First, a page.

They handle any non-police-related emergencies, meaning fire, extrication, towing, hazardous materials and medical emergencies between the New Jersey Turnpike and 8th Ave. between 36th and 42n/a Streets in Manhattan, plus inside the tunnel.

“Every day’s a new day,” Schuyler said.


Rangers fans Ben Pearl and Eddie Schuyler spent $1,500 for tickets to the Chase Club and Diamond Crown Cigar Lounge in Amalie Arena.

At 8 o’clock Monday night, Pearl went online and discovered the Chase Club tickets. For $1500, including fees, he bought the tickets, which included access to the cigar lounge. Schuyler handled the flights and hotels.

“And we’re here 36 hours,” Schuyler said, laughing. “But we’re big Rangers fans and big cigar guys.”

“How could we miss this?” Pearl asked as he took a puff of his Arturo Fuente. “And everybody in here is so nice.”

John Jerger is a six-year Lightning season ticket holder from St. Pete. He’s the client of Jeremy Krumwiede from Burnsville, Minn.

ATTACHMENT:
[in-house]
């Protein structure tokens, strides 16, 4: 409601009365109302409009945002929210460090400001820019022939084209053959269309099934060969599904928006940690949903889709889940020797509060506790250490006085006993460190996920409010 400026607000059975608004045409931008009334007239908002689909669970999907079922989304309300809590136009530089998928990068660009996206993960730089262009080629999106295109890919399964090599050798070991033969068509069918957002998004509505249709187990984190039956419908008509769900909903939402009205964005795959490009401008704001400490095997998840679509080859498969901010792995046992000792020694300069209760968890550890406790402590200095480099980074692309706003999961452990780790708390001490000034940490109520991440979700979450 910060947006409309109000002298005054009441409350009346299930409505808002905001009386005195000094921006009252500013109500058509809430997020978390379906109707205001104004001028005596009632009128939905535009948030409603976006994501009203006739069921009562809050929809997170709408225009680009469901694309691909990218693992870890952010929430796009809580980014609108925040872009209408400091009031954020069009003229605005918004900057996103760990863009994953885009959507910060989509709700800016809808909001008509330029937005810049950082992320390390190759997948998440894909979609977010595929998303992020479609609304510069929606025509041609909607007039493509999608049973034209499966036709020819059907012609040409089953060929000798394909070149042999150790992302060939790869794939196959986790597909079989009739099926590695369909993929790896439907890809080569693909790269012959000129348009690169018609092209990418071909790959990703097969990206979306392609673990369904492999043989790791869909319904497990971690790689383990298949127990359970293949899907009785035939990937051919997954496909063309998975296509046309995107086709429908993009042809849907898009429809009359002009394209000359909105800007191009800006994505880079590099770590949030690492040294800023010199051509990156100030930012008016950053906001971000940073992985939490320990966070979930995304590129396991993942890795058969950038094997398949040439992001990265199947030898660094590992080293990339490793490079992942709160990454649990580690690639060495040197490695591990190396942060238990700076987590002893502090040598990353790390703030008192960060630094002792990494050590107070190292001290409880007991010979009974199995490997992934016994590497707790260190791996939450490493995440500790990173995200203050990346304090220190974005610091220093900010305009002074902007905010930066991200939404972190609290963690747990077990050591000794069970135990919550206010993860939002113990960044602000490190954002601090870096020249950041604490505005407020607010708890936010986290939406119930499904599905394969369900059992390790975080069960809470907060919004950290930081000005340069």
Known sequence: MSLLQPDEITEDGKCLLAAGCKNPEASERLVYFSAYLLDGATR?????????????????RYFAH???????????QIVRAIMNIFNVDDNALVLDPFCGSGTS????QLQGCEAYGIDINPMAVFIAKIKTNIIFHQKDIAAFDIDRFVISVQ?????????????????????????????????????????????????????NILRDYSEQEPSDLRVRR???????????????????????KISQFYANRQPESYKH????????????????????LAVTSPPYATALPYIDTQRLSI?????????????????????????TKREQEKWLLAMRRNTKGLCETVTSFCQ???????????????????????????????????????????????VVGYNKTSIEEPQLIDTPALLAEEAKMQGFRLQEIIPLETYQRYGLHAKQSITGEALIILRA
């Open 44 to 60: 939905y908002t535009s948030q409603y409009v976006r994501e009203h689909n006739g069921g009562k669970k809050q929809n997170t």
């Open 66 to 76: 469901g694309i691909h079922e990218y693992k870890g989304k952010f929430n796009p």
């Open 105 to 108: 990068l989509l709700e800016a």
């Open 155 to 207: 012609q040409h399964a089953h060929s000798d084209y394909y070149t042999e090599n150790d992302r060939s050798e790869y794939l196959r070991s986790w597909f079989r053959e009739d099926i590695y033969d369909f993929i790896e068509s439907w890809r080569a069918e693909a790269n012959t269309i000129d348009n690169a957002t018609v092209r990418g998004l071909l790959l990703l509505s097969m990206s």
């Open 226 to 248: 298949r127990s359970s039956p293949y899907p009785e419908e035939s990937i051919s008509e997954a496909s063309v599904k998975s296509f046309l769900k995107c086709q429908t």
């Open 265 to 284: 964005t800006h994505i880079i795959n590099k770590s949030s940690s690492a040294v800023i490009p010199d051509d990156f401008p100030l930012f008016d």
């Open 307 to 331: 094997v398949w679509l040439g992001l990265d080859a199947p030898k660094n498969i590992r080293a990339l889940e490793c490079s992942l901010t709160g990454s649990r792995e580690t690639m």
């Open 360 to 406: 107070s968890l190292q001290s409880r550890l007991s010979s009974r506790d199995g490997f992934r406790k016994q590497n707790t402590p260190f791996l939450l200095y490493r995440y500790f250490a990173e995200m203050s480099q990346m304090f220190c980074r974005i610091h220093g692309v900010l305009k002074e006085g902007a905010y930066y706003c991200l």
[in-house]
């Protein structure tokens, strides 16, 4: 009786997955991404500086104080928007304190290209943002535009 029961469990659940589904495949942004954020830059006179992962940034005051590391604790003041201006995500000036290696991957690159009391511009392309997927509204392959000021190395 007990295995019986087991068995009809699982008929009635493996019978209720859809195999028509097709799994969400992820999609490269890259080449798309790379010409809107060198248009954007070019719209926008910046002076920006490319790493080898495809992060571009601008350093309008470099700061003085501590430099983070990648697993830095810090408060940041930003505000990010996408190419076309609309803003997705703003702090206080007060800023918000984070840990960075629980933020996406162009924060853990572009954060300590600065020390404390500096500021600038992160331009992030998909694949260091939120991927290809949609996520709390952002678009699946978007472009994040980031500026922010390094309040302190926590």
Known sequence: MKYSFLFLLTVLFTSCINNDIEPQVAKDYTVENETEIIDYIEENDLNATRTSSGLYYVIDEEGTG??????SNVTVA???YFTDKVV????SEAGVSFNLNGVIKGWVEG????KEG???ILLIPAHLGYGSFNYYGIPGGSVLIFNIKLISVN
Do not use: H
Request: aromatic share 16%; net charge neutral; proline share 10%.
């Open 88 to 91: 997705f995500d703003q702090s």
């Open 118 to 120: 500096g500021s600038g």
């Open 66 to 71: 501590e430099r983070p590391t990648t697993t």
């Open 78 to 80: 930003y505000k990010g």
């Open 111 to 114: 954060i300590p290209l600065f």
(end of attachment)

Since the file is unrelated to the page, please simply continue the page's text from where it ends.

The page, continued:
“Jeremy asked if I had tickets, so I said, ‘Come on down,’” Jerger said as he took a puff of the last of his JC Newman’s Robusto.


Jeremy Krumwieder of Burnsville, Minn., and client and Lightning season-ticket holder John Jerger of St. Pete Beach.

When Krumwieder’s boss’ boss, George deMenocal, found out, the Rangers fanatic was on the next flight to Tampa from his home in New Canaan, Conn.

“This is the best thing I’ve done in years,” deMenocal said. “Honestly. Nobody would be this inviting to another team’s fan, but this is a blast. The energy in here is great, the camaraderie, the fun to hang out with these guys and smoke a cigar. Let’s just say, if New York would host this, it probably would not be as welcoming.”

Jerger, who has smoked his fair share of Cohiba and Romeo y Julieta cigars and loves the Davidoffs and JC Newman selections he can get at Lightning games, has a wine and cigar room in his house that he watches Lightning road games from, “but I ‘d rather be here watching a live game any day of the week,’ he said. “There’s just something about JC Newman. They’ve been around 125 years and the machines they have at their factory are 100 years old. They still have artisans to work the machines, and these machines are so old and so fragile and these guys still know how to work on them to this day. To watch them work is amazing.”

The Chase Club is just one of the many cool areas of Amalie Arena that make watching Lightning games fun.

Years ago, when the previously named Ice Palace was built, it was nice but hardly a palace. There were few frills. Downtown Tampa near the arena was also a ghost town.